Government agency English Heritage is threatening to withdraw almost £1 million in funding from ten English universities as part of its financial review. Twenty-one university research posts could be lost, causing serious damage to England's reputation as a leading force in archaeology.
Archaeologists were said to be "very upset" at the cost-cutting exercise, which forms part of a review of English Heritage's conservation activities. As The THES went to press, the Association of University Teachers was set to condemn the move at its annual conference.
English Heritage has funded 19 research posts at seven English universities, worth about £900,000 a year, since the mid-1970s. But chief archaeologist David Miles told The THES this week that that the funding is likely to be reduced and posts lost.
English Heritage sparked outrage when it announced that it would withdraw funding and that posts would be terminated by September this year. But it said that it was consulting with the universities involved before firm decisions were made.
"We are in discussions with our university partners," Dr Miles said. "Archaeological science in England is one of our greatest achievements. It has a world-class reputation and we do not want to see that undermined. But it is essential to keep the situation under review."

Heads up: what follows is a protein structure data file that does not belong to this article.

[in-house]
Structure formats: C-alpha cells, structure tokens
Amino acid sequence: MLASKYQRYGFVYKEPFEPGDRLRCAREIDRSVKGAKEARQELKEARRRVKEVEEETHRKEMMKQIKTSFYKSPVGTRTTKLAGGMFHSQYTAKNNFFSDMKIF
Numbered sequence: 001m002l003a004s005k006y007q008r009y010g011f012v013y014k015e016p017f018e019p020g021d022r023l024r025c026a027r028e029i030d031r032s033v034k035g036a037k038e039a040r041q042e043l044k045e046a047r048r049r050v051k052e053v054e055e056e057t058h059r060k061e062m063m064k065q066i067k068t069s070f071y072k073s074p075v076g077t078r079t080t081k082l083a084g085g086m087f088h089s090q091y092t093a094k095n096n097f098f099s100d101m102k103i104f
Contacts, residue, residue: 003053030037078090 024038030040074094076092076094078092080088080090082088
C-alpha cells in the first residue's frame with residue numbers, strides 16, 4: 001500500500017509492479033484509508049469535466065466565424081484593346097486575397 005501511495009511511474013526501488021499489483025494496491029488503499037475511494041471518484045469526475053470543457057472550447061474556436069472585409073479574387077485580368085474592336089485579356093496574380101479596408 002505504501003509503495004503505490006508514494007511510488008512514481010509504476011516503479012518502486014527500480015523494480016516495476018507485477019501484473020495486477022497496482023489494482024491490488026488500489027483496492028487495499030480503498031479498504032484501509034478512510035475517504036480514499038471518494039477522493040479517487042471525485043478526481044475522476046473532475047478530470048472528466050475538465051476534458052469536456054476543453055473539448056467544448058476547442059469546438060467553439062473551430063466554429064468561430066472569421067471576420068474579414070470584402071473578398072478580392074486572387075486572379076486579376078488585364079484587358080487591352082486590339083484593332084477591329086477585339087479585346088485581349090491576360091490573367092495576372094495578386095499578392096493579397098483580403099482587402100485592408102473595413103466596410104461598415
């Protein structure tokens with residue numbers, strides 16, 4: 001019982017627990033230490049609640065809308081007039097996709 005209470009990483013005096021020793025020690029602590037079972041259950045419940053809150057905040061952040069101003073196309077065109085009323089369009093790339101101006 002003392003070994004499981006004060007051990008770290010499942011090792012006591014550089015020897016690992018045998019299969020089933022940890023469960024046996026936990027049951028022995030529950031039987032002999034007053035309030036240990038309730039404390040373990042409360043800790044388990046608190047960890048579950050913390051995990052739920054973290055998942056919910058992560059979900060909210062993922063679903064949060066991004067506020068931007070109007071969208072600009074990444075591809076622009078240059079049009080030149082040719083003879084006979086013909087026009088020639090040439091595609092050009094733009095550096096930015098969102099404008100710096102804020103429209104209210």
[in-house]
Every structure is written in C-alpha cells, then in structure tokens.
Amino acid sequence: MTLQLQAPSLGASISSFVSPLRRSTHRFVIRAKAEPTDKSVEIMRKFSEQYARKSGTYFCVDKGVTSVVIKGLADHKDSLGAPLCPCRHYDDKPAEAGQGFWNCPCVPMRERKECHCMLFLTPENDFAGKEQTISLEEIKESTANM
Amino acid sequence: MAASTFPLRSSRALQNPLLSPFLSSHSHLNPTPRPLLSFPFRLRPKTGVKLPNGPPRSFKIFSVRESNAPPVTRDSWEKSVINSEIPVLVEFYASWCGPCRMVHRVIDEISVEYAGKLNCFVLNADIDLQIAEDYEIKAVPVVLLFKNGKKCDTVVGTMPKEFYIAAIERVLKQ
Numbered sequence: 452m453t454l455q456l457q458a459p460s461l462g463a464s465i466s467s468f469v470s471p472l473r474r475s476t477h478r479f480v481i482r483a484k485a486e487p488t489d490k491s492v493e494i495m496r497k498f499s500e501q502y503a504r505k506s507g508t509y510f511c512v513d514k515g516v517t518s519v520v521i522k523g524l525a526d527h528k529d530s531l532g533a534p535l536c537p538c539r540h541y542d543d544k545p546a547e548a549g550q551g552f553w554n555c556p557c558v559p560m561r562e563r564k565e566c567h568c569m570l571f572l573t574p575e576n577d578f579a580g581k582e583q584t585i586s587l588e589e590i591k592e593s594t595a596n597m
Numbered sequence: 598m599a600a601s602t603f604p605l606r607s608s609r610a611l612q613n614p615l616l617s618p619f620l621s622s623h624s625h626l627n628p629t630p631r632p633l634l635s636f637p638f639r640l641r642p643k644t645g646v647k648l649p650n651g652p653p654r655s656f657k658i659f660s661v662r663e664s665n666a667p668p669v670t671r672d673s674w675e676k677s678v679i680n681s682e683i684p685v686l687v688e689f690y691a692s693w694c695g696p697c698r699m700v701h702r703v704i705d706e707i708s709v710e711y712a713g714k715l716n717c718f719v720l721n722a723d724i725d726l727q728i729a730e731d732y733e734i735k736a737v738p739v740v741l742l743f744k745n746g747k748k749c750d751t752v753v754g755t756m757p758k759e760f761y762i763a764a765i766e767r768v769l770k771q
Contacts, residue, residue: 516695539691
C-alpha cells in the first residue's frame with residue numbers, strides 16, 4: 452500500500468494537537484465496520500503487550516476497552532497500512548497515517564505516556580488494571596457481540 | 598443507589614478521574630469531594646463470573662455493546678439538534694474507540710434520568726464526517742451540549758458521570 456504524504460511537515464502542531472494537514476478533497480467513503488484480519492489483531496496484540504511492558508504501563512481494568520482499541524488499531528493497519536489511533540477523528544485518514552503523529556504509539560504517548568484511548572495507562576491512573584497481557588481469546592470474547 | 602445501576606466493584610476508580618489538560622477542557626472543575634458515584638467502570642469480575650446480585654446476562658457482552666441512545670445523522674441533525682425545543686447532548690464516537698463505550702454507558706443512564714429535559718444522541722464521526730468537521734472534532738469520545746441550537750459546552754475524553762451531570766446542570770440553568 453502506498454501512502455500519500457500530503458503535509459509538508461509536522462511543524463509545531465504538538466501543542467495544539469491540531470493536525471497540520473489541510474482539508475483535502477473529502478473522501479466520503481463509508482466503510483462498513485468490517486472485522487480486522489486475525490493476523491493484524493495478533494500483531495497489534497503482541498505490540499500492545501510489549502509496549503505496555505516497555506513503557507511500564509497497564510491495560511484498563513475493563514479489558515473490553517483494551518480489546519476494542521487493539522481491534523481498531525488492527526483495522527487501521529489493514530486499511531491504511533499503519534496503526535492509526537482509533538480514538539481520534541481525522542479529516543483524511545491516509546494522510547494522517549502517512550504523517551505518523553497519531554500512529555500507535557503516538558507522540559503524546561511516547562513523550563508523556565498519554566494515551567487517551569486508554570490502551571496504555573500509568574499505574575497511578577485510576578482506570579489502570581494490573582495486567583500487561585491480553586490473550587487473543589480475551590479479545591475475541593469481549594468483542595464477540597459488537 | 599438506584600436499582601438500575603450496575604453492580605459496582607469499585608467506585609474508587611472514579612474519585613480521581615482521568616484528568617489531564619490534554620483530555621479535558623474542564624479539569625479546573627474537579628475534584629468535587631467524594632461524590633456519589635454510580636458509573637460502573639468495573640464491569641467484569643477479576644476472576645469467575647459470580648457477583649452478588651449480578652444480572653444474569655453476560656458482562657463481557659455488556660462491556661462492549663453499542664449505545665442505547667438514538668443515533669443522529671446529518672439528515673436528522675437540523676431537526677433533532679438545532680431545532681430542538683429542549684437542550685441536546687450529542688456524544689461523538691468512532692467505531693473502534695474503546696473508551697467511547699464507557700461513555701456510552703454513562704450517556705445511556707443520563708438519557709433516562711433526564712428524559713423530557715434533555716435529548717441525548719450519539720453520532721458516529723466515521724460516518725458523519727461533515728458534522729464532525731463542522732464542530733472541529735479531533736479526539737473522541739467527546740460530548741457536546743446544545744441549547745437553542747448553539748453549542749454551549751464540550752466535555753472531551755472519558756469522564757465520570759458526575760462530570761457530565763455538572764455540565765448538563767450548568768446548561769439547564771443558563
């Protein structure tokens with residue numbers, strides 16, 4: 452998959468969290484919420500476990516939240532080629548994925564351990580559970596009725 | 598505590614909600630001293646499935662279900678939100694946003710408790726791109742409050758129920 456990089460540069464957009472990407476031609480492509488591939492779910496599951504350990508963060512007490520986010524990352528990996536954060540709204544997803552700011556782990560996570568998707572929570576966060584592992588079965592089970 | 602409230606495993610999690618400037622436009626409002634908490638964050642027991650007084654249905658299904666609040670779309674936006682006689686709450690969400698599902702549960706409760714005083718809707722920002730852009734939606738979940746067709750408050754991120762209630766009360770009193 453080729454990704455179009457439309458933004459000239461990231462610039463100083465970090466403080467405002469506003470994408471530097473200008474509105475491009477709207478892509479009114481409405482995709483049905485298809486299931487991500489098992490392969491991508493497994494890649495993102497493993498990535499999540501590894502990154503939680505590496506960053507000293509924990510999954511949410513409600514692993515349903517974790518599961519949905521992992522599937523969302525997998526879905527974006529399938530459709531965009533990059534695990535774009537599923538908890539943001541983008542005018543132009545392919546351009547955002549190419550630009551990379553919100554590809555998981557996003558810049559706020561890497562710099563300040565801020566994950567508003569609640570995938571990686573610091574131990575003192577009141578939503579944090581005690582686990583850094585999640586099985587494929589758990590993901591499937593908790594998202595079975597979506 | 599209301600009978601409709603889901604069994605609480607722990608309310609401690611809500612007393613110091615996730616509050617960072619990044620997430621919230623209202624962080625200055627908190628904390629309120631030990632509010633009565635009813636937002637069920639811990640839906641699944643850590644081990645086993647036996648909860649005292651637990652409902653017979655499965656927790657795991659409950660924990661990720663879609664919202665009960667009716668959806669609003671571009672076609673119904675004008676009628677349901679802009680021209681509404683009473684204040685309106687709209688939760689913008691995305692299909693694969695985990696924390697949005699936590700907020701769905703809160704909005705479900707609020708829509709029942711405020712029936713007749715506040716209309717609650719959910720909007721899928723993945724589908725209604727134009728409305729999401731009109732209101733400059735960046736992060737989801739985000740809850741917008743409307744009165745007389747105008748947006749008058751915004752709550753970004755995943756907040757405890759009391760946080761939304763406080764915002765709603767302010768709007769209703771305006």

He said there "could well be" a reduction in annual funding. "English Heritage is £20 million worse off than it was ten years ago. Archaeological science is just a part of what we do. There are pressures on our budget," he said.
The research posts are at the universities of Durham (two), Sheffield (one), Liverpool (one), Birmingham (two), Oxford (three), East Anglia (one), Bristol (one), Central London (two), Southampton (five) and York (three).
David Peacock, head of the archaeology department at Southampton University, where five posts are funded, said: "We are very upset. We think we have a system here that is unique in Europe, possibly the world."
He said the interface between the government-funded posts and the academic community was essential and would be "a tremendous loss" to the field.
Professor Peacock said that it appeared that English Heritage hoped that universities would be able to retain the researchers, "but most universities are in such a financial state they are in no position to pick them up".
Dr Miles said that there had been a shift towards commercially funded scientific archaeology, traditionally paid for by the government, which could offset cuts. Planning rules demand that commercial developers "mitigate the impact" of their developments. This often means those companies pay for their own archaeologists to excavate sites.